Chas’s work distinguishes itself from most of his peers through the fact that he thinks completely outside of the box. He tackles mostly political issues through his ability to tie historical events back to current issues and displays them as installations, paintings and print works in a fashion that requires the viewer to ask questions to reveal the deeper meaning behind them. His art is universal and timeless and not confined to native art venus. He is one of those artists that you can 100% rely on if he commits to a project, and you know that you will be blown away, when you receive his submission. Therefore it is no surprise that I am already holding his interpretation of the design he picked in my hands.
Chas turned an art deco inspired Navajo basket design into a piece that tackles the issue of cultural mis-appropriation utilizing and critiquing logos of companies associated with this behavior. Curiously I followed up with the imagery and came across this design related article that beautifully fits into this blog as we are not only about baskets but also about excellence in design.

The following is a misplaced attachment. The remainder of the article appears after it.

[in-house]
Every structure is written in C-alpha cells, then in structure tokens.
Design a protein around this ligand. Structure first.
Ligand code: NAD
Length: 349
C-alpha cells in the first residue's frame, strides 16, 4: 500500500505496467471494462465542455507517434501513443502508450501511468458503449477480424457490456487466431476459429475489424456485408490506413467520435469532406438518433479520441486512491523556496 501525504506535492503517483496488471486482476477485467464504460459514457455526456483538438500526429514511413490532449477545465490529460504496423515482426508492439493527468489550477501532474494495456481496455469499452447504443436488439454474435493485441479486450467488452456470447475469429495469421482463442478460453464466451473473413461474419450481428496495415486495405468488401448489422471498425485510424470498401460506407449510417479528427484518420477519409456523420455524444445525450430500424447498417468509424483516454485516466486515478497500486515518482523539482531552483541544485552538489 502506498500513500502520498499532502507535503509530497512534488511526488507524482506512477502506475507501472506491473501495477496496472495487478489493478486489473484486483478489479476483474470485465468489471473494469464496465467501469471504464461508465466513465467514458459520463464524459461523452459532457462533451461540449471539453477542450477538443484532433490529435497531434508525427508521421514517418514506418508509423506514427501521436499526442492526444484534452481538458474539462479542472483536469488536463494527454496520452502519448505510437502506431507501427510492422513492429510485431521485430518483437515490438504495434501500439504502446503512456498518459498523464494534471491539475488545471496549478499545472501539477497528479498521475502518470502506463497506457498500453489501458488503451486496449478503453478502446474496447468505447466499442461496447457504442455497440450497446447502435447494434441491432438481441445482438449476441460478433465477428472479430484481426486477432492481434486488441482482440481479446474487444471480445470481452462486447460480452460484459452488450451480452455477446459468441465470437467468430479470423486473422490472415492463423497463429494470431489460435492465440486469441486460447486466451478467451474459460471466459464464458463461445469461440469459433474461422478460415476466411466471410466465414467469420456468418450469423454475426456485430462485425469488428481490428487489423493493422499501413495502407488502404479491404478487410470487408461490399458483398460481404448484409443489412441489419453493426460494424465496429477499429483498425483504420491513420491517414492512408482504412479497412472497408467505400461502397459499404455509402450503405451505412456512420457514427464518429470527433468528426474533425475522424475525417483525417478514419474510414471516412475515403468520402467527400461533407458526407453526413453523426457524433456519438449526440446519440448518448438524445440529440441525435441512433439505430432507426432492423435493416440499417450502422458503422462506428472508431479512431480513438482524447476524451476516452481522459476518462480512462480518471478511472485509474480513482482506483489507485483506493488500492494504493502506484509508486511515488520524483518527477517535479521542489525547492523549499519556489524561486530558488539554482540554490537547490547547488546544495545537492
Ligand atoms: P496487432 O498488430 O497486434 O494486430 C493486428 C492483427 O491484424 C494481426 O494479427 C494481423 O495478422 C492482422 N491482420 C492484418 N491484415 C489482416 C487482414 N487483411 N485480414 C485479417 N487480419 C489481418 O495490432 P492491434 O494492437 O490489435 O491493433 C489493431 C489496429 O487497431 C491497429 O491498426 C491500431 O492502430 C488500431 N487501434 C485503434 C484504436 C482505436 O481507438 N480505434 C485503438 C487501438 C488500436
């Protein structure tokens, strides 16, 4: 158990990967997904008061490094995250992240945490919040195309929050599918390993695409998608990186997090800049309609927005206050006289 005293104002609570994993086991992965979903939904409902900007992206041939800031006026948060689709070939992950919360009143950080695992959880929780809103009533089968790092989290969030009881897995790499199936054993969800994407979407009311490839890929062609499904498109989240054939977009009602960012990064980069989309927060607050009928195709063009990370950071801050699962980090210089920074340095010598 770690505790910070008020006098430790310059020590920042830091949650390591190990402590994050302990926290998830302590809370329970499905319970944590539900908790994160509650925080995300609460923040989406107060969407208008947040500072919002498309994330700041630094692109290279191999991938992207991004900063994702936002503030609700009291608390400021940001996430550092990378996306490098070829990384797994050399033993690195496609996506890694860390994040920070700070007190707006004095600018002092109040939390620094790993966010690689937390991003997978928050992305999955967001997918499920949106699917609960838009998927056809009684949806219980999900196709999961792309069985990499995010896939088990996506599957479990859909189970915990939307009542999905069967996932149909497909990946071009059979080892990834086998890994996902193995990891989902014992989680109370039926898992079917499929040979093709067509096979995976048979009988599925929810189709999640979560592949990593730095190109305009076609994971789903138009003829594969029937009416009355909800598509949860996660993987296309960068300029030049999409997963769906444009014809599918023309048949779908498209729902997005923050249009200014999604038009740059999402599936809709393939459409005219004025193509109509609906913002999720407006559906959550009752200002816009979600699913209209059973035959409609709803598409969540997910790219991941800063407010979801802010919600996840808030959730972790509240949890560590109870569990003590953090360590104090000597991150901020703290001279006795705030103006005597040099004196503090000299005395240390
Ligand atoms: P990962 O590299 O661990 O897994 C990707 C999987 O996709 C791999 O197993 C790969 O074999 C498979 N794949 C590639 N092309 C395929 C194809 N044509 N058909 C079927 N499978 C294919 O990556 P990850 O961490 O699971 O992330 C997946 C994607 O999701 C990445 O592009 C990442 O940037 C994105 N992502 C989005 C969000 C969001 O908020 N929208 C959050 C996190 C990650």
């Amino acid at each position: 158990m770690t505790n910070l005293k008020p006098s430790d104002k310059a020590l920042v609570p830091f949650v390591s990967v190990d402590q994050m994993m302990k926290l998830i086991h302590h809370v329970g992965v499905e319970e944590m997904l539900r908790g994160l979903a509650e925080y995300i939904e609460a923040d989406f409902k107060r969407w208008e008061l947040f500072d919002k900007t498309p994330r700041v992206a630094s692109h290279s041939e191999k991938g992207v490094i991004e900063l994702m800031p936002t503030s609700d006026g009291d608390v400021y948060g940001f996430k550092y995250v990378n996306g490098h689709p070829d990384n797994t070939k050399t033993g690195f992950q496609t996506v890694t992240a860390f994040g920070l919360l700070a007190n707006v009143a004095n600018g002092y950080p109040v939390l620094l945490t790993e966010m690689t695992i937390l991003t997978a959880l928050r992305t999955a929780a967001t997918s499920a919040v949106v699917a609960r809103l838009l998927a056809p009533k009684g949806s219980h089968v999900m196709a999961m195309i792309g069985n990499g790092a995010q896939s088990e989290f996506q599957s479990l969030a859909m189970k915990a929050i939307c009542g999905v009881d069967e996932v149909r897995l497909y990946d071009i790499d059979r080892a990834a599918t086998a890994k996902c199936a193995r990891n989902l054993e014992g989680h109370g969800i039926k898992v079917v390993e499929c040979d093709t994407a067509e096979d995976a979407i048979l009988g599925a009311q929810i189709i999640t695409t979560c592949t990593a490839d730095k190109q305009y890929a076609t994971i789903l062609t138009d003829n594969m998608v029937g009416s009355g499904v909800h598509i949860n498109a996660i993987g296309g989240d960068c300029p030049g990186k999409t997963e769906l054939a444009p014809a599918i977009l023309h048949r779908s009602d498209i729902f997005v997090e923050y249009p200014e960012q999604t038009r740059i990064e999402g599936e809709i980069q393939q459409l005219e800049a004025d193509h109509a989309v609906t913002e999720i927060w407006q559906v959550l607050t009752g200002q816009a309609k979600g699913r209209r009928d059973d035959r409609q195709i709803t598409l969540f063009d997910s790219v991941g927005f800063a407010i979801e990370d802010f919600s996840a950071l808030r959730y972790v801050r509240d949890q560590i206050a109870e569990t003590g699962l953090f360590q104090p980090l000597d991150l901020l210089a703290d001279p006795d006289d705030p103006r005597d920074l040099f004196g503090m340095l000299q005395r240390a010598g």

Growing up in Germany in the 70ies and 80ies, the only sport wear manufacturer that stood out was Adidas and ever since then they are my brand of choice. Here I am decades later, googling how their signature trifold logo was created after seeing it being integrated into Chas Banks piece. Come to find out that the name of the company owner was Adolf “Adi” Dassler which explains the company’s name (Duh, Katja!) and that the three leaves stand for the continents Europe, Africa and America. I feel like an old dog that just learned new tricks 😉 If you are interested to learn more about one of the development of one of the most successful brand logos in this world, here is a great blogpost :http://www.creativebloq.com/logo-design/how-adidas-logo-earned-its-stripes-11135390
Are you curious about the piece Chas created? It will be on display at the Byting Willows exhibit at 1Spot Gallery in Phoenix from 2/20-4/17/2015.
If you can’t wait until then to familiarize yourself with Chas’s art, I strongly recommend you take a look at his blog (http://chasbanks.blogspot.com)!